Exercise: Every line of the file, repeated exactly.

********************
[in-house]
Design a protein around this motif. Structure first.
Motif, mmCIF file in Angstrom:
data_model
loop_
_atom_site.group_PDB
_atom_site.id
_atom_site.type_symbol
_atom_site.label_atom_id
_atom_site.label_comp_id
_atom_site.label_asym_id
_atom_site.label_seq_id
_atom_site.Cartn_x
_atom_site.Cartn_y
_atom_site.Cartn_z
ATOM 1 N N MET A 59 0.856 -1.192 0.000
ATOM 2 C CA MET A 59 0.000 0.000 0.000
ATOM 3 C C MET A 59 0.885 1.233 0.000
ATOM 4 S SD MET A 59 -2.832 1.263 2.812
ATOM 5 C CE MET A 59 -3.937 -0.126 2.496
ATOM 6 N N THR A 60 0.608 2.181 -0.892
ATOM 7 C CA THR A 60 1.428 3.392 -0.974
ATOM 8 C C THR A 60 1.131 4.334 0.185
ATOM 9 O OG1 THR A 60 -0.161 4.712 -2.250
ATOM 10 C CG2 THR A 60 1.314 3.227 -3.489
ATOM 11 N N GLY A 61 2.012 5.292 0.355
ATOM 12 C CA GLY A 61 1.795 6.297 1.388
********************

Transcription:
[in-house]
Design a protein around this motif. Structure first.
Motif, mmCIF file in Angstrom:
data_model
loop_
_atom_site.group_PDB
_atom_site.id
_atom_site.type_symbol
_atom_site.label_atom_id
_atom_site.label_comp_id
_atom_site.label_asym_id
_atom_site.label_seq_id
_atom_site.Cartn_x
_atom_site.Cartn_y
_atom_site.Cartn_z
ATOM 1 N N MET A 59 0.856 -1.192 0.000
ATOM 2 C CA MET A 59 0.000 0.000 0.000
ATOM 3 C C MET A 59 0.885 1.233 0.000
ATOM 4 S SD MET A 59 -2.832 1.263 2.812
ATOM 5 C CE MET A 59 -3.937 -0.126 2.496
ATOM 6 N N THR A 60 0.608 2.181 -0.892
ATOM 7 C CA THR A 60 1.428 3.392 -0.974
ATOM 8 C C THR A 60 1.131 4.334 0.185
ATOM 9 O OG1 THR A 60 -0.161 4.712 -2.250
ATOM 10 C CG2 THR A 60 1.314 3.227 -3.489
ATOM 11 N N GLY A 61 2.012 5.292 0.355
ATOM 12 C CA GLY A 61 1.795 6.297 1.388